Measles virus (MV) strain CAM/RB which was adapted to growth in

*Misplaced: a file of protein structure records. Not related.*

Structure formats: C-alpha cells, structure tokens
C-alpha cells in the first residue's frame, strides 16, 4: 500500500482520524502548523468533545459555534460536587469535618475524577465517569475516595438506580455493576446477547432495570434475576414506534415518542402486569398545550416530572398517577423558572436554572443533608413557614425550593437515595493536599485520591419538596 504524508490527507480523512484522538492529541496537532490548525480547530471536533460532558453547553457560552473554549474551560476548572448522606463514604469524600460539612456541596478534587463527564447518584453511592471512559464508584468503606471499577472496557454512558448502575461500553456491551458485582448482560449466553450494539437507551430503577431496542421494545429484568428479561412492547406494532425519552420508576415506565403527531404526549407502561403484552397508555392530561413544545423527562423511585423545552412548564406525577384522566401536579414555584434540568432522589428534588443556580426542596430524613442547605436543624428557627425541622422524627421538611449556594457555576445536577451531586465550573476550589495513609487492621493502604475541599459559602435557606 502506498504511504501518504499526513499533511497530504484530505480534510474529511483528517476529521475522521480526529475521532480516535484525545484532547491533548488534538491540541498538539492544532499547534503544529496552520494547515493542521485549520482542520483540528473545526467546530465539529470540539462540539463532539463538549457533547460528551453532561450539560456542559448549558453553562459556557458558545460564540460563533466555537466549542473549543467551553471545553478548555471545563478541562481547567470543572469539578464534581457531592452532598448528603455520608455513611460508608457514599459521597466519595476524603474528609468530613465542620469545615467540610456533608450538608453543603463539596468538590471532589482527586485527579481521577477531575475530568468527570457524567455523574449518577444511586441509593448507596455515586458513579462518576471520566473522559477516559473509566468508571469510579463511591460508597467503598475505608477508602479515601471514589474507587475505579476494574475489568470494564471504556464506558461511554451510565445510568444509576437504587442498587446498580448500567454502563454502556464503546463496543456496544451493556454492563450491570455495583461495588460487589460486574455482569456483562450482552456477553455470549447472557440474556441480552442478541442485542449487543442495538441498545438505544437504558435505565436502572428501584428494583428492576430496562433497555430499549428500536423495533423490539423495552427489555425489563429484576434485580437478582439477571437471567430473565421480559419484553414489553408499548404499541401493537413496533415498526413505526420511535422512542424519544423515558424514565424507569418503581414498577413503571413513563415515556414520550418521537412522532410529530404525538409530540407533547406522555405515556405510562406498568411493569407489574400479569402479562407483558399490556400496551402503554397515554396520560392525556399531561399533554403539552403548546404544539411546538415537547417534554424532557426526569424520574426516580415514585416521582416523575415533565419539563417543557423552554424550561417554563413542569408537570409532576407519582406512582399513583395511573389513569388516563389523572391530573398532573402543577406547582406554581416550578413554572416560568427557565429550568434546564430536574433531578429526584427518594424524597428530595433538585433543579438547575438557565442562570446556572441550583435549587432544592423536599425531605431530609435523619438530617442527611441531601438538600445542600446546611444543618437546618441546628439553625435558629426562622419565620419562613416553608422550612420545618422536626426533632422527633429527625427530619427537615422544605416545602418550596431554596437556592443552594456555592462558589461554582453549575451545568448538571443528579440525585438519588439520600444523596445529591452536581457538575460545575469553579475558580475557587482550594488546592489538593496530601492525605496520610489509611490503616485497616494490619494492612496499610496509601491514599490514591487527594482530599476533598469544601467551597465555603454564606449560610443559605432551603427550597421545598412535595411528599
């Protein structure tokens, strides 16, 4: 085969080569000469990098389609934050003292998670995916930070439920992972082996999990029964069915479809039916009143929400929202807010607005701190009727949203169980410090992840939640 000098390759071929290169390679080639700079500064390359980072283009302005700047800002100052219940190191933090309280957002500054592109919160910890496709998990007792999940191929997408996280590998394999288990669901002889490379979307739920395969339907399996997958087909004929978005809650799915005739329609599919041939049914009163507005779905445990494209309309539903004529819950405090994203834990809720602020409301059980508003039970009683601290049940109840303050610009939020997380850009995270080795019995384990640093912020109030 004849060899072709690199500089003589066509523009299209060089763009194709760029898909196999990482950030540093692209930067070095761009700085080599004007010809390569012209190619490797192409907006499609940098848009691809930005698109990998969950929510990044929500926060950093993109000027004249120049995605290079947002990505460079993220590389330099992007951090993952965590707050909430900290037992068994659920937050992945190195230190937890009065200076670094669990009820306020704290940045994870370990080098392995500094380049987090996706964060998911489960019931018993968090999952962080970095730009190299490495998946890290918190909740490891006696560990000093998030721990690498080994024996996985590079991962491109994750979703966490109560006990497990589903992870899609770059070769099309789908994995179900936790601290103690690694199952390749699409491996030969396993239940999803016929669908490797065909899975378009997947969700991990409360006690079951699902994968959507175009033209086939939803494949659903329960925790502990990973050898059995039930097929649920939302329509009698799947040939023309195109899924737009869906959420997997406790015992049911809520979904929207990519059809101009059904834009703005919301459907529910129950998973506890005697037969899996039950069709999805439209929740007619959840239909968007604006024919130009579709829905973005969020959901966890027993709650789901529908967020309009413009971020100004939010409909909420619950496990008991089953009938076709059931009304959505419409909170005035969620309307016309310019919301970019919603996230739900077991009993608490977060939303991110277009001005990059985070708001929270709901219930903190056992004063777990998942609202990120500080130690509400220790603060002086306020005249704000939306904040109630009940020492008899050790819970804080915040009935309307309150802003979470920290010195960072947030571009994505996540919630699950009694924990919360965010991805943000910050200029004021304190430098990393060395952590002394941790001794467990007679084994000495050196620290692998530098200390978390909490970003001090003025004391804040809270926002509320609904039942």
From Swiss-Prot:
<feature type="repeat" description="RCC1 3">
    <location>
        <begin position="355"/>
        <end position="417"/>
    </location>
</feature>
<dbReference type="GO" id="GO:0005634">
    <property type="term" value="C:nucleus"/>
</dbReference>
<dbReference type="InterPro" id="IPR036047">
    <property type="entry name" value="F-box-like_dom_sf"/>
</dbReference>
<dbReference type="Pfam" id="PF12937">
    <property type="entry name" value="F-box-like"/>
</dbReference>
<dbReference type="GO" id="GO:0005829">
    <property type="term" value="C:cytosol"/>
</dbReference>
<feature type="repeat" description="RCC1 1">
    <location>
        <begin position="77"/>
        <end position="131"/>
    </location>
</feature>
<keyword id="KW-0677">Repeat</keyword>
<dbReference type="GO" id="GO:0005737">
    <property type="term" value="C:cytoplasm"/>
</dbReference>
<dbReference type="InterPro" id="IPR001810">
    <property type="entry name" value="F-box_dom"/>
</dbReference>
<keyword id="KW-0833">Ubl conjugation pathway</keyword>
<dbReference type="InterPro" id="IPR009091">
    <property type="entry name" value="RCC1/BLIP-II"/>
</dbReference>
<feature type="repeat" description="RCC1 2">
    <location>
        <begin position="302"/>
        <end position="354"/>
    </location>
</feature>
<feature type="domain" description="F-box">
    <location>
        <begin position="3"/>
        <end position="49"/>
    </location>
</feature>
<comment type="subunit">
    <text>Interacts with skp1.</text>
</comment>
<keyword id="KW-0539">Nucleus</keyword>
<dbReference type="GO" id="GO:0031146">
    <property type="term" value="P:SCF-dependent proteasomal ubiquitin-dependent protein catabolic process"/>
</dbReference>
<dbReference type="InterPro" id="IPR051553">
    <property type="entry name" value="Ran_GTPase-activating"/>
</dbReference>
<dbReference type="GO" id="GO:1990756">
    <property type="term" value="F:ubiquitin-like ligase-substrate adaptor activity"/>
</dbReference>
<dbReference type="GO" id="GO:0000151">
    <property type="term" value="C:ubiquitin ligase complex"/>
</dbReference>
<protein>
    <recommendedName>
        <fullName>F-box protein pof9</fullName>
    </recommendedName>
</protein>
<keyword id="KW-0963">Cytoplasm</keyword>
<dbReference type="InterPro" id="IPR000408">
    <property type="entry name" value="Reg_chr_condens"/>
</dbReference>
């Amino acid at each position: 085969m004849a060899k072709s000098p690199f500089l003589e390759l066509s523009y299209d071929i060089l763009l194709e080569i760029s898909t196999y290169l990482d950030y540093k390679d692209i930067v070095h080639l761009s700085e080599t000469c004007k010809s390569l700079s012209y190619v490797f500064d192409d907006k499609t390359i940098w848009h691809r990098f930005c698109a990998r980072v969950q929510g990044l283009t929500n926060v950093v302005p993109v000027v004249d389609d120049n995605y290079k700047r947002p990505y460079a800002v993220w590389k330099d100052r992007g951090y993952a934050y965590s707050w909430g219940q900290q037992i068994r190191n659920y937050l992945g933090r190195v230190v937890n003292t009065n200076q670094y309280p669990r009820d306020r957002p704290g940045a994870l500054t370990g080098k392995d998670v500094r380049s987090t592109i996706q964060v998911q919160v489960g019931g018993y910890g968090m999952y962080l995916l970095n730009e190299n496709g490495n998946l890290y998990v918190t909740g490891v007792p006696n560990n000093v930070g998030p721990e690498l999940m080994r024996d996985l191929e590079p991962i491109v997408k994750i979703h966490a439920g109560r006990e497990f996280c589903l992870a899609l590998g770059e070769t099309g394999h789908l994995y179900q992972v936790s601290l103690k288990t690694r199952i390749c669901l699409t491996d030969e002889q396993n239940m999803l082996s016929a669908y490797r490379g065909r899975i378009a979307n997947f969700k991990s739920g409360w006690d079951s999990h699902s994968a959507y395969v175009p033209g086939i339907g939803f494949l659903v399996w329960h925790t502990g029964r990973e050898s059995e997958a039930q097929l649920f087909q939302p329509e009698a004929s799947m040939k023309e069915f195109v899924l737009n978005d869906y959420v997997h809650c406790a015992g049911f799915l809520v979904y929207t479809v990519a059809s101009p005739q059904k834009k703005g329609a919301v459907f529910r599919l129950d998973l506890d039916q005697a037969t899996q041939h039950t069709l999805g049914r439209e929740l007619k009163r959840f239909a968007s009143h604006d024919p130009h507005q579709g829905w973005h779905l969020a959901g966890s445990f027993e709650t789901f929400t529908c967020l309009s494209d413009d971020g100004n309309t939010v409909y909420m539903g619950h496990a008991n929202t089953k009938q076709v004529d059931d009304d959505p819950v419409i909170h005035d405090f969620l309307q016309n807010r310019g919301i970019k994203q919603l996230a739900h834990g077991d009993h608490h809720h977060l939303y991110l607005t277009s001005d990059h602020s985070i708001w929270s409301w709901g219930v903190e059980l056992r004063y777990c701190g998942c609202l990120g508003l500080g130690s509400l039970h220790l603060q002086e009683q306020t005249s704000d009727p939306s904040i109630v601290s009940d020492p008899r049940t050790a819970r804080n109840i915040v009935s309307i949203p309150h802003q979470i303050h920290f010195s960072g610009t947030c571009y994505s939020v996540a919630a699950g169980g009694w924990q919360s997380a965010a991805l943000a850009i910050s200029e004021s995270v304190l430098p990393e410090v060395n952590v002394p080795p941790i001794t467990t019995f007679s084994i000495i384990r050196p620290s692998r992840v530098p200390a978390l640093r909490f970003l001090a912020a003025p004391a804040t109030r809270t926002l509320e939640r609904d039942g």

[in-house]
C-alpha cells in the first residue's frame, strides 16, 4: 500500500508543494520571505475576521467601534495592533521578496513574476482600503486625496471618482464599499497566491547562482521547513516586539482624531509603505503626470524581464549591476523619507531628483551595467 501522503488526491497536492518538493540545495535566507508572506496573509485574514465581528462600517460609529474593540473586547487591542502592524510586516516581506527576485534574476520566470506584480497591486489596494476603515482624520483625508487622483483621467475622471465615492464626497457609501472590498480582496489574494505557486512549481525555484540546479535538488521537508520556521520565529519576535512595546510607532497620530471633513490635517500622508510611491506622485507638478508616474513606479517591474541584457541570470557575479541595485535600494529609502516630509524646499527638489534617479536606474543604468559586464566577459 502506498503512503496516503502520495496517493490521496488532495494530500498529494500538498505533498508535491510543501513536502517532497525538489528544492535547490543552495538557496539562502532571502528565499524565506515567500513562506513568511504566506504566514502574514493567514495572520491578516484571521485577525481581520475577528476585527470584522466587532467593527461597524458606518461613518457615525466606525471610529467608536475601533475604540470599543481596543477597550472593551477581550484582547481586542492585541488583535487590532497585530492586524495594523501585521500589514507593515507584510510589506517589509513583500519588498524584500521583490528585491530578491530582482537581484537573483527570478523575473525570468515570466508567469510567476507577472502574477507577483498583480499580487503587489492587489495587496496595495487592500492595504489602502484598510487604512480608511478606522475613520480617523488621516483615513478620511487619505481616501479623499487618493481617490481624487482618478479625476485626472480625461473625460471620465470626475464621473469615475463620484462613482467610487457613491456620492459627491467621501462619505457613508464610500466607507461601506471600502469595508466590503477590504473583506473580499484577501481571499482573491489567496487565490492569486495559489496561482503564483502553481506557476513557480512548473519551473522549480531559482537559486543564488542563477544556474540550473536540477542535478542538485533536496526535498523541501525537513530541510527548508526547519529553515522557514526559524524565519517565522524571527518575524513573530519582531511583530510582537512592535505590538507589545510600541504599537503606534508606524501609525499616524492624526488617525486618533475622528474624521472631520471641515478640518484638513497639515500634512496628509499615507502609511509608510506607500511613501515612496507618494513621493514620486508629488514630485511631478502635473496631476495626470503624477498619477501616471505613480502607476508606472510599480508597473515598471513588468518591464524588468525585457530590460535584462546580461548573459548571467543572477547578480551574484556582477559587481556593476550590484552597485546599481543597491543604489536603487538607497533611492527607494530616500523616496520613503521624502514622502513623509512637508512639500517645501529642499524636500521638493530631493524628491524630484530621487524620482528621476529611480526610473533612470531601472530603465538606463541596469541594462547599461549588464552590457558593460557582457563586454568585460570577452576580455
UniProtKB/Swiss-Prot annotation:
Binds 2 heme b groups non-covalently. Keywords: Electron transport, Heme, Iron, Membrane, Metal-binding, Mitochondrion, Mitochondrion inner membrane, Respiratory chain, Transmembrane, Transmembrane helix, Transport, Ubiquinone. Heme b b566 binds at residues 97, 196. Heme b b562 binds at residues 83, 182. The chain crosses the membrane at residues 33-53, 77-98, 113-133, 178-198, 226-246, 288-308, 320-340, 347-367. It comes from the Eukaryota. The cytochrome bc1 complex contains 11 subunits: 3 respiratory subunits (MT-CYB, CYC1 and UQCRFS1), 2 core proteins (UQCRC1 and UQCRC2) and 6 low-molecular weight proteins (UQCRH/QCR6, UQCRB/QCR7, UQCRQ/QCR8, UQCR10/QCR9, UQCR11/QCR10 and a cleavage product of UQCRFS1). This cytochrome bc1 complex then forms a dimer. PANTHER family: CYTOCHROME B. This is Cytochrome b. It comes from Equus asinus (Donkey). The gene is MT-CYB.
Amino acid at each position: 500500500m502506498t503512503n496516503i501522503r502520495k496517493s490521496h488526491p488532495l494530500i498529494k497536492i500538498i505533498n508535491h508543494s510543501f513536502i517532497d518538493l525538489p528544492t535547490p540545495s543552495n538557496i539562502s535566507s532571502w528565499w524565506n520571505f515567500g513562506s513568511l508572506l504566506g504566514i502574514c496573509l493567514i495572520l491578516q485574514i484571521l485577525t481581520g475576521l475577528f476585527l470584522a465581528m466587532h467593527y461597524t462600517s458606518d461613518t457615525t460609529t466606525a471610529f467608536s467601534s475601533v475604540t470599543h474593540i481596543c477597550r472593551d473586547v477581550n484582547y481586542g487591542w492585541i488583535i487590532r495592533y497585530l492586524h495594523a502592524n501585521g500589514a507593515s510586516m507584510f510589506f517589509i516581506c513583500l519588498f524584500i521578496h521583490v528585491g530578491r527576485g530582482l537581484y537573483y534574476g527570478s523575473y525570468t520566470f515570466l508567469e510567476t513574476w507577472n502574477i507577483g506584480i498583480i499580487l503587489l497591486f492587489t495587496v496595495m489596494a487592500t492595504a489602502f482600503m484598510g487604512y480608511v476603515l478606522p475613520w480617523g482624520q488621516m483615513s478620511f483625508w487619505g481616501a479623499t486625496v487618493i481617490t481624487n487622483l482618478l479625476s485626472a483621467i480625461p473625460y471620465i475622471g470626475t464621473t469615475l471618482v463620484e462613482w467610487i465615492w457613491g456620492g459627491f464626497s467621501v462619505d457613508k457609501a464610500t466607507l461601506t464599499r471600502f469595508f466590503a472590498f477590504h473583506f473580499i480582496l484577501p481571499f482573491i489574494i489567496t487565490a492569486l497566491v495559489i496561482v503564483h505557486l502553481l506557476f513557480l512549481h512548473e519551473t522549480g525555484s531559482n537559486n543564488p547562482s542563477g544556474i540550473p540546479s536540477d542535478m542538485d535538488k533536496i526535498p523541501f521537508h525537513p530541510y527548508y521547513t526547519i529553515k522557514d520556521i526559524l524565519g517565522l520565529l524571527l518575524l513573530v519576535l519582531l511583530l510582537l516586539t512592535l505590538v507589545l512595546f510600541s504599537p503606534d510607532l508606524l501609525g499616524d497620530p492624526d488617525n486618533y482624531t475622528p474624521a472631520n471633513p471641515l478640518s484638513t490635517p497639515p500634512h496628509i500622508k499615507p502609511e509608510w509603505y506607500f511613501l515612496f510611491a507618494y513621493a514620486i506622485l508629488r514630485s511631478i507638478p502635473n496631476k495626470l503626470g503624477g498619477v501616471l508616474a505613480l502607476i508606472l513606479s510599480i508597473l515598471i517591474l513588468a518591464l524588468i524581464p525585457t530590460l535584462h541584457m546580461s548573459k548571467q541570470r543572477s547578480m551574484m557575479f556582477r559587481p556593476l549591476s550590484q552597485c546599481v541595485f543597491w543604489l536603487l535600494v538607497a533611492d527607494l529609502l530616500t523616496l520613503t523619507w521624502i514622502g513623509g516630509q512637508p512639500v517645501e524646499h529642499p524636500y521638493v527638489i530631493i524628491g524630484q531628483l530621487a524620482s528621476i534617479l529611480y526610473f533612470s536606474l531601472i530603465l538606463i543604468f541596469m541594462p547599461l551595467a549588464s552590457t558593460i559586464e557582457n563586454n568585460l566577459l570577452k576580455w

Measles virus (MV) strain CAM/RB which was adapted to growth in the BMS-740808 brain of newborn rodents is highly neurovirulent. and 550S→P) and K29 (535E→G). When the corresponding recombinant viruses were tested in brains of newborn rodents we found that the mutations mediating antibody escape did not confer differential neurovirulence. In contrast however replacement of two different amino acids at positions 195G→R and 200S→N which had been described for the escape mutant set caused the change in neurovirulence. Thus antibody escape and neurovirulence appear not to be associated with the same structural alterations of the MV H protein. Among the morbilliviruses measles virus (MV) is associated with an intermediate capacity to cause neurological complications. These include the acute postinfectious measles encephalitis which develops 2 to 4 weeks after infection or the late complications measles SAP155 inclusion body encephalitis in immunocompromised patients and subacute BMS-740808 sclerosing panencephalitis (SSPE) which develops months to years after the initial infection based on a persistent MV infection (reviewed in reference 3). In late stages of SSPE massive amounts of MV antigen can be detected in inclusion bodies in various neural cell types (1). SSPE is characterized by a restriction of the viral envelope protein expression as a consequence of mutational transcriptional and translational alterations (1 5 An additional constraint is exerted by the high concentration of antiviral antibodies present in the cerebrospinal fluid of SSPE patients. Tissue culture experiments demonstrated that virus-neutralizing antibodies downregulate not only viral gene expression but also transcription and can completely suppress viral replication (2 39 Similar results have been obtained in vivo using Lewis rats (22 38 Suckling rodents have successfully been used as animal models (predominantly mice and rats) for different forms of MV-induced encephalitis (21 23 38 Transgenic mice which express CD46 one of the MV BMS-740808 receptors (7 27 have also been used to induce MV-induced encephalitis (15 26 31 However for development of the acute encephalitis following infection of suckling rats with the rodent-adapted MV strain CAM/RB or mice with the HNT (hamster neurotropic) strain the transgenic expression of receptors such as CD46 appears not to be necessary (23 24 32 35 After intracerebral infection with CAM/RB (RB indicates passage in rat brain) 1 to 14-day-old Lewis rats develop a lethal acute measles encephalitis whereas older animals develop a subacute measles encephalitis (23). Antiviral antibodies may lead to a restriction of the viral gene expression but also to the selection of escape variants. When monoclonal antibodies (MAbs) are used experimentally to select escape variants resulting viruses with altered hemagglutinin (H) protein structures might induce differential pathogenicity in animals. This was observed with escape variants selected in the presence of the MAbs L77 Nc32 K71 and K29 recognizing four different epitopes on MV H (20). Variant CAM/RB viruses escaping the MAbs L77 and Nc32 were neurovirulent whereas viruses escaping the MAbs K29 and K71 appeared to have lost neurovirulence. The H genes of these BMS-740808 viruses have been sequenced elsewhere (20). However because of the number of amino acid changes in this gene and the possibility that changes in other genes also affect the specific BMS-740808 phenotype the molecular BMS-740808 basis of the antibody escape and neurovirulence could not be unequivocally determined in earlier experiments. The generation of recombinant MVs has opened the way to make definitive linkages between mutations introduced experimentally into the viral genome and specific phenotypes (30). We therefore assessed using recombinant MVs the influence of directed mutations in the H gene on antibody escape and neurovirulence. After intracerebral injection into suckling C57BL/6 mice a recombinant virus expressing the H gene of CAM/RB (EdtagCAMH) induced neurological disease and MV antigen was found in neurons and neuronal processes of the hippocampus frontal and olfactory cortices and neostriatum (9). However the neurovirulence of EdtagCAMH was partially reduced compared to that of the.